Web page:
These associations are not confirmed to be causal, but again, knowing what we know about neural plasticity, novelty, pornography in the reward center; not to mention the degradation of the prefrontal cortex; the lines are rather easy to draw. Conversely, according to an anonymous survey, those who abstained from pornography (or compulsive maturbation in general) after being involved with it previously, tended to improve their ability to delay rewards and take risks; were rendered more altruistic, extroverted, conscientious; and were less neurotic (Source 26). This survey has a bit more casual bite to it, and it’s findings hold up the earlier mentioned associations. This, however, is not where mental health troubles end for porn addicts. Hypersexual disorder, which operates on the same neurochemistry as, and is a superset for porn addiction, is linked to and likely causes epigenetic changes in the CRH gene, which is related to stress. These changes in the CRH are themselves related to suicide attempt severity and general psychiatric risk in adolescents (Sources 28, 29).

The final argument I often hear on why all of these drawbacks, all of these symptoms of this addiction are actually okay, is because not all of the mental health symptoms are definitely casual, just correlating. One might argue the mental health issues predict and cause porn usage, not the other way around. That’s a good way out. That’s possible. That way, you’re not addicted to something that’s actually bad for you…..Right? Wrong. In studies in places like China, where internet exposure (not even pornography) is something that can actually be controlled, the evidence is abundantly clear: pathological internet use causes mental health issues, not vice versa. Pathological internet usage is a viable stand-in for internet pornography addiction as a decent amount of internet usage for teens is pornographic, the endless novelty element holds true, and pornography is even more addictive given it has natural reward behind it. If it’s true for the internet writ large, it’s a very safe bet it’s true to porn usage in this context. One study shows internet abusers were in a depressive state, and didn’t have depression as a trait (Source 30). That demonstrates causality. The increased depression risk for pathological internet users was 2.5 (Source 31). Another study found no pathological predictor for internet abuse, but that they could use internet abuse to predict a variety of mental issues, just as in previous studies (Source 33). That last, desperate argument resoundingly fails: porn consumption undoubtedly hurts you. I speak in such absolute and harsh terms not to attack anyone who may be addicted, there’s no shame in being a victim to something your brain cannot handle. The reason is to silence those who would defend the addiction as something harmless, or even good, as there is great shame and harm in that practice. Unfortunately, it’s all too common. I make this point to emphasise the fact that this cannot be handwaved away as stodgy conservative sex-panic. This is not equivalent to teens 50 years ago occasionally getting their hands on a Playboy. These are not hysterics born of religious dogma. This is a drastic ground shift in how our culture views and tolerates pornography. So much so that it drives a sizable chunk of all sex trafficking as the signifier of demand (Source 34). Unfortunately, that’s just the beginning, there’ll be more consequences. How couldn't there be? How could there not be cultural hell to pay when 70% of young men are addicted to pornography? When ED has skyrocketed 1000% in two decades? What happens to a society when massive swathes of it’s next generation of men have had their brains atrophied, leading to issues with delaying gratification, self control, and decision making? What do you think will be the result of their most ancient circuits being rewired to prefer screens to people? What about when their sexual attitudes become warped and negative? What then? At the very least, nothing good.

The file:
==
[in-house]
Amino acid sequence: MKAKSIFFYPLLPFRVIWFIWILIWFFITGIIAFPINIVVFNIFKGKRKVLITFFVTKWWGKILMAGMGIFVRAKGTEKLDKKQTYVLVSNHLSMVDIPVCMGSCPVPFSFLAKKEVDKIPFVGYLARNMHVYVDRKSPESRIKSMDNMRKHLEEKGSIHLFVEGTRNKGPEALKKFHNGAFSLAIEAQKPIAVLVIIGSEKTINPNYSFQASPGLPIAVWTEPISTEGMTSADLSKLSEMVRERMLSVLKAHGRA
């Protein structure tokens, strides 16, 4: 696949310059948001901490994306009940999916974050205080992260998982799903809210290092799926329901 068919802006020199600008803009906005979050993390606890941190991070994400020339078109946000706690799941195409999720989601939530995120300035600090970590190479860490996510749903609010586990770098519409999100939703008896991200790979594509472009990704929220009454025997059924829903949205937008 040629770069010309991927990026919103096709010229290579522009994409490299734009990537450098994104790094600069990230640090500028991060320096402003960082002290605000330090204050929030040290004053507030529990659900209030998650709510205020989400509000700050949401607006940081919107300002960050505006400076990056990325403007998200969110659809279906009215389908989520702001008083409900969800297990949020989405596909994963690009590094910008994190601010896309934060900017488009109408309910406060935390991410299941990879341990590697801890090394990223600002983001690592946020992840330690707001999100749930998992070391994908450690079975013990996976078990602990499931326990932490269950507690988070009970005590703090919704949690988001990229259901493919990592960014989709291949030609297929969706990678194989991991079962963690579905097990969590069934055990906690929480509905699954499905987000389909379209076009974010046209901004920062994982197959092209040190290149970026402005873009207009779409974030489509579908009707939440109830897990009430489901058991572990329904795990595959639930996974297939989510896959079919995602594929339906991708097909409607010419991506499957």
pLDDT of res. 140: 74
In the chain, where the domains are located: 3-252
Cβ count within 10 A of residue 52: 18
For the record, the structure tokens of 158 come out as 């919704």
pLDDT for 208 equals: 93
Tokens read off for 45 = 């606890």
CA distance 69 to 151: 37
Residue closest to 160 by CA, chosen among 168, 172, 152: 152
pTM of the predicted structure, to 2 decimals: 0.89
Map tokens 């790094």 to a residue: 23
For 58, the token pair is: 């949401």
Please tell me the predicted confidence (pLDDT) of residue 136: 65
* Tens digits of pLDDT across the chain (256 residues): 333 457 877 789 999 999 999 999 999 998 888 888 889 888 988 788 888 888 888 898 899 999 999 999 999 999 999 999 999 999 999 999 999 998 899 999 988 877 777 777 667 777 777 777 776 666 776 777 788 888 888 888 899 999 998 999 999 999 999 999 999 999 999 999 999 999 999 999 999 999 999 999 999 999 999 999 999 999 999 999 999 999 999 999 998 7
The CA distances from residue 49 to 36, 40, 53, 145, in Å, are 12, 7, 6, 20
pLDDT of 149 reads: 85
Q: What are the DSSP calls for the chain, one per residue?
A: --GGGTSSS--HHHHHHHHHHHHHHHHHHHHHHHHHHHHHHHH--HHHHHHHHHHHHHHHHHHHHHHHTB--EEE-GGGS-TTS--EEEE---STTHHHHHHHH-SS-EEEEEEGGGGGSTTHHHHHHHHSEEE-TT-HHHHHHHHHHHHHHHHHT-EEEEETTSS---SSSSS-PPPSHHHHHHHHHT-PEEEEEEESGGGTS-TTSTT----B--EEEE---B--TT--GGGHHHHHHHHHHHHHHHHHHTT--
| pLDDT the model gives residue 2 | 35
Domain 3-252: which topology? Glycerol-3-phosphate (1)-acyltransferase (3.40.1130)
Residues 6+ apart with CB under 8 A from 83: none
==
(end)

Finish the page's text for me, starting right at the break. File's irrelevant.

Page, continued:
Our culture is sick, and it's probable that you are too. At this point if you’re still trying to worm out of this, if you’re still trying to hold onto the idea that you can keep watching pornography in good conscience, I am now talking directly to you. First, I implore you to get a hold of yourself. What you’re doing mental gymnastics for right now is the ability to touch yourself while watching sex ghosts on a screen. In case no one has ever told you, you’re better than that. It’s beneath you so rise above. Secondly, I challenge you to prove me wrong. I know it seems immature on the surface, but I'm serious. Stop watching porn, cold-turkey, for a month. Do it today. Right now. If you’re not addicted it shouldn’t be a problem. If you manage it, you shouldn't notice improvements in your mood and daily life if I’m wrong about it;s drawbacks. Worst case scenario, you miss out on a month of a thing you like, best case, your life is forever improved. Either way: at least you’ll know for sure. If you actually manage to do it and prove me wrong, feel free to comment below, dunk on this article with your anecdote, call me a fraud, go nuts. But we both know that’s not going to actually happen. John J. Parker ~~~~~~~~~~~~~~~~~~~~~~~~~~~~~~~~~~~~~~~~~~~~~~~~~~~~~~~~~~~~~~~~~~~~~~~~~~~~~~~~~~~ Despite my occasional harshness in rhetoric , I truly wish the best for those caught up in this garbage. In that spirit, I've included an effective and fact heavy resource for quitting porn. So, if you want to get better, click the link. Sources: 1a. 1b. 2. 3. 4. 5. 6. 7. 8. 9. 10. 11. 12. 13. 14. 15. 16. 17. 18. 19. 20. 21. 22. 23: 24. 25. 26. 27. 28. 29. 30. 31. 32. 33. 34. Brain Activity Image: